May 2012 Newsletter
Snoqualmie Watershed Forum

Call for Project Submissions – Applications Due June 14

Project workAttention project sponsors! The Snoqualmie Watershed Forum in collaboration with the King County Flood Control District are inviting project applications for a Cooperative Watershed Management grant program launched for 2012. We will be allocating up to $600K in grants to projects in King County’s Snoqualmie and SF Skykomish Watersheds. This funding is made available thanks to a recent decision by the Flood District Board of Supervisors to allocate $3 million from the Flood District 2012 budget to support salmon recovery and water quality projects in King County watersheds.

See the Forum website for details and application forms. Applications are due to Perry Falcone by June 14, 2012.

Now Underway – King County Flood Plan Update

King County Flood Hazard Management PlanThe 2006 King County Flood Hazard Management Plan is being updated. Over the coming months, the county will meet with the Snoqualmie Watershed Forum, King County Agriculture Commission, city elected officials and staff, and other stakeholders to solicit input on flood and erosion concerns and actions in the Snoqualmie Basin for consideration in the Flood Plan. A public review draft will be available in September, and public meetings will be held in the fall. Proposed actions in the Lower Snoqualmie Valley will include farm pads and barn elevations that reduce risks to farms, and levee setback projects that improve flood safety while also benefiting aquatic habitat. In the Upper Snoqualmie Basin the county will continue to maximize grant funding to elevate and acquire at risk properties while developing actions along the leveed reaches to reduce flooding and improve environmental conditions in a long-term cost-effective manner. For more info on the Flood Plan update and public outreach efforts in the Snoqualmie Basin, contact Sally King.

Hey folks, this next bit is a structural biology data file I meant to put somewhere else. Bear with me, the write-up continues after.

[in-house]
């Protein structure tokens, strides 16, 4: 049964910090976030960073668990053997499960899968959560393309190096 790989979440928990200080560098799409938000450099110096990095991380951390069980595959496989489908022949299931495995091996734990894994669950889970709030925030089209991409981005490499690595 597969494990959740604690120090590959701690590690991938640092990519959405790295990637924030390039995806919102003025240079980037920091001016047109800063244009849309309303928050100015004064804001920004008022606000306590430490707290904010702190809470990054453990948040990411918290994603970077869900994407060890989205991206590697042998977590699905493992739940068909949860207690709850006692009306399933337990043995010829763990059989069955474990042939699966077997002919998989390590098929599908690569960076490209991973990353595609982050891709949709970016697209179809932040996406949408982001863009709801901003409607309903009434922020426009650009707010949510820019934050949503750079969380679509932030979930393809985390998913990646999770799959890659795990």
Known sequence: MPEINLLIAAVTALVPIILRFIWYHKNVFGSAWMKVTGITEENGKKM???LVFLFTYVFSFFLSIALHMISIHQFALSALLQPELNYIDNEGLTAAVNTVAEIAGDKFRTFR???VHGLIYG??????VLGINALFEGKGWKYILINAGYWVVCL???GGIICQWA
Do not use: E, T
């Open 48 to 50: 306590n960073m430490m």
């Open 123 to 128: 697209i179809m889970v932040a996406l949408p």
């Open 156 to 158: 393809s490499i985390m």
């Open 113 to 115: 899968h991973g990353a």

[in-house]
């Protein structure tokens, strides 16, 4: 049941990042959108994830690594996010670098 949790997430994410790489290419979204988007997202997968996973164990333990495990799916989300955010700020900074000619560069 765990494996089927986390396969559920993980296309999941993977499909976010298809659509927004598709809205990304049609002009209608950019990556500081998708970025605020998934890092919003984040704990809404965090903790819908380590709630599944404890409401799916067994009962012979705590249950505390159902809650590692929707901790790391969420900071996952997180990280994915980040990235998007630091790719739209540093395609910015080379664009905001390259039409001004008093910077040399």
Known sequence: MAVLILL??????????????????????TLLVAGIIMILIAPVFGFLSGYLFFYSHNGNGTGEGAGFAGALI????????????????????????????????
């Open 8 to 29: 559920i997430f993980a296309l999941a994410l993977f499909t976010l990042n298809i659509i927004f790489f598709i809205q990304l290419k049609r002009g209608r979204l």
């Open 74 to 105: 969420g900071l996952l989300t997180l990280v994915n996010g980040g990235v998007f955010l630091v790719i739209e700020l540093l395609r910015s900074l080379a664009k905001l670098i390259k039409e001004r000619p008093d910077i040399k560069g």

Coming Soon – Homeowner Knotweed Workshops

Knotweed eradicationSince 2004, the King County Noxious Weed Control Program (KCNWCP) has worked to control invasive knotweeds in the Upper Snoqualmie Watershed. Current project areas for 2012 include the Middle and North Fork Snoqualmie above Three Forks Park, and the South Fork Snoqualmie from North Bend up. KCNWCP will host several homeowner workshops around the county including:

These workshops are free and open to the public. See here to register or for more info.

Streamlining Agricultural Drainage AssistanceAgricultural drainage ditech

The King County Agricultural Drainage Assistance Program (ADAP) was revamped in 2011 to reduce the number of permits needed to dredge agricultural drainage ditches. Costly and time consuming permits can now be avoided by implementing simple best management practices (BMPs) before, during, and after construction, and King County will pay for many of the BMPs. If you have an agricultural ditch that needs dredging to improve the productivity of your fields, contact Brian Sleight to see if you qualify for assistance.

Are you Firewise?

Forest fireKing County’s Forestry Program is working with the Washington State Department of Natural Resources and area fire districts to raise awareness and help communities take steps to keep their homes and families safe in the event of wildfire. After just a few days of sunny skies our Snoqualmie Watershed woodlands are dry enough to catch fire. Firefighters do not have the resources to defend every home during a wildfire. By planning ahead for emergencies and doing a little yard clean-up you can make your home safer from fire.

Three Forks Snoqualmie RiverKing County Three Forks Natural Area Acquisition

King County Parks recently acquired a critical property, adding 22 acres to Three Forks Natural Area Park. The property, identified as a high priority in the 2000 Park Master Plan, was acquired for $400,000, with Conservation Futures Tax and Parks Levy funds. It is located at the confluence of the north and middle forks of the Snoqualmie River, includes the mouth of Normanbrook Creek and has spectacular views of Mt. Si. The 350 acre Three Forks Natural Area Park provides preservation for six miles of riparian habitat and passive public recreation use and includes a significant portion of the King County Comprehensive Plan-designated wildlife habitat network. 

Update on Tate Creek Re-alignment Project